Higher Education Policy is an international journal for advancing scholarly understanding of the policy process applied to higher education through the publication of original analyses, both theoretical and practice-based, the focus of which may range from case studies of developments in individual institutions to policy making at systems and at national level.
It encourages contributions that make explicit comparison between systems of higher education and is theme based, involving a common focus or combining articles which individually contribute to an overall topic.
A substantial part of its contents is concerned with reporting research findings in ways that bring out their relevance to senior managers and policy makers at institutional and national levels, and to academics who are not necessarily specialists in the academic study of higher education.
Higher Education Quarterly also publishes papers that are not based on empirical research but give thoughtful academic analyses of significant policy, management or academic issues. What is its responsibility to society? Should it extend to all adults, and what can this mean in practice?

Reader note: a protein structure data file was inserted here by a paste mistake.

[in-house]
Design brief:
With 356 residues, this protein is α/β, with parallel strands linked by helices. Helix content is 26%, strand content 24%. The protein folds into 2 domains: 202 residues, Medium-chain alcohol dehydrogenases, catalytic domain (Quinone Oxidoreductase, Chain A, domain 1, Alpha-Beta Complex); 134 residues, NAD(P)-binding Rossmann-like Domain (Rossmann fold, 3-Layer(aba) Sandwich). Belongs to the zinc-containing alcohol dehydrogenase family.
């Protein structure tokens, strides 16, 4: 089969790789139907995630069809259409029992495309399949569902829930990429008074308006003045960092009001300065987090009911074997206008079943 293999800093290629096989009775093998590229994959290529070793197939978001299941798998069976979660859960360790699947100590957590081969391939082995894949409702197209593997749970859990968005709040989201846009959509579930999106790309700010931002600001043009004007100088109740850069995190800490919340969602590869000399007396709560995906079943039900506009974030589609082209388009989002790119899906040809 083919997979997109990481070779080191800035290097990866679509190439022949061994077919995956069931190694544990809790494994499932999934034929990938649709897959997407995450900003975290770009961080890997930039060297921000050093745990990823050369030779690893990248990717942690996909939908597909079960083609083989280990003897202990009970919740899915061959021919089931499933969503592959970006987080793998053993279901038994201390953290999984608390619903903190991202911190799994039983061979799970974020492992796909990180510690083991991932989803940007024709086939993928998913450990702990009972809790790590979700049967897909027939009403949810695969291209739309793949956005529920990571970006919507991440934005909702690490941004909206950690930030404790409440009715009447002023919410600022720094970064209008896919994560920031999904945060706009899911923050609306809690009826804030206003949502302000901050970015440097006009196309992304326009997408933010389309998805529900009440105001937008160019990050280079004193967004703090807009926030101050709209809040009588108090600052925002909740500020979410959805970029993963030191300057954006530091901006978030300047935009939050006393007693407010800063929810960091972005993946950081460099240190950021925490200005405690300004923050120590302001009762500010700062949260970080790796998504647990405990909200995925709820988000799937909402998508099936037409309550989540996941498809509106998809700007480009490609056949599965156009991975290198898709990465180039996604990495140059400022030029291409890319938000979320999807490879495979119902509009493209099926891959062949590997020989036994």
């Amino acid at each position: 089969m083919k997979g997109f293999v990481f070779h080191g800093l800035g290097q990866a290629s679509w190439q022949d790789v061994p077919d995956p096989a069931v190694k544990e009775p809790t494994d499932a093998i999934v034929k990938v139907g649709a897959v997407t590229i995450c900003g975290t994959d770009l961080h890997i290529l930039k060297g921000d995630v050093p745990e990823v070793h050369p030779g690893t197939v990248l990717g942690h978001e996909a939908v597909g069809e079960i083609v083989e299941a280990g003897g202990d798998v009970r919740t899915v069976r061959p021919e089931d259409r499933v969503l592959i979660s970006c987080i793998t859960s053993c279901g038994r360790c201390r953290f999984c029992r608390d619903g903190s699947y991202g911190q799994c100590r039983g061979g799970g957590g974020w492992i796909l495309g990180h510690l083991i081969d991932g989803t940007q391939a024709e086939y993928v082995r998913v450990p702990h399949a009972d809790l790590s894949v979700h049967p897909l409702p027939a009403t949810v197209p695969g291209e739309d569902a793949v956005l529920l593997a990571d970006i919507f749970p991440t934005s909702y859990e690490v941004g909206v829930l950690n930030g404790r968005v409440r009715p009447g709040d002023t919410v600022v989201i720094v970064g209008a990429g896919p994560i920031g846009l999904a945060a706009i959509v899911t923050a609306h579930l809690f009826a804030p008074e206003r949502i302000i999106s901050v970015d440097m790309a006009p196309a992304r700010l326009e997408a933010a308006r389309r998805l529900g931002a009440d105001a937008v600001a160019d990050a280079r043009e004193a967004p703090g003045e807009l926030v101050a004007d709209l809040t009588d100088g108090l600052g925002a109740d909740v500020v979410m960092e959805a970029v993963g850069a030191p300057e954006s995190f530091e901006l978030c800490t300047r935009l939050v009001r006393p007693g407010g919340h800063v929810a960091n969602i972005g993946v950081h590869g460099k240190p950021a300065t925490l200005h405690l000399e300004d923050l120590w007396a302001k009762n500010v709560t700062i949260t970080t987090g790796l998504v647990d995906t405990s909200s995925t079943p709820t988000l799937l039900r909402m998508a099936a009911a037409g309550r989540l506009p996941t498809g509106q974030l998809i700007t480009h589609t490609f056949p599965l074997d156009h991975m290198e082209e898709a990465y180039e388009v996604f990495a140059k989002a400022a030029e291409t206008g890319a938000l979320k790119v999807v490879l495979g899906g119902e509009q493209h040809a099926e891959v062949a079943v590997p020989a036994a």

Is it bound to be conservative in content or method? How can innovation be encouraged? What should be the relationship between individual and institutional freedom and public accountability?
Research in Higher Education publishes studies that examine issues pertaining to postsecondary education. The journal is open to studies using a wide range of methods, but has particular interest in studies that apply advanced quantitative research methods to issues in postsecondary education or.
The Research in Higher Education Journal (RHEJ) publishes original, unpublished K and higher education manuscripts. Appropriate topics for consideration include retention, assessment, accreditation, financial management in K and higher education, new program development, teacher education, curriculum, recruitment and case studies in education.
Research in Higher Education publishes studies that examine issues pertaining to postsecondary education. The journal is open to studies using a wide range of methods, but has particular interest in studies that apply advanced. Research in Higher Education Journal Five key ingredients, Page 1 Five key ingredients for improving student motivation Kaylene C. Williams California State University, Stanislaus.
Journals for Higher Education (General) Discipline-Specific Journals for Teaching in Higher Education. Journals for Higher Education (General) Personnel and Guidance Journal. Research in Higher Education Online Submissions. Review of Educational Research Online Submissions. Review of Higher Education Online. Research in Higher Education publishes empirical studies that enhance our understanding of an educational institution or allow comparison among institutions. It.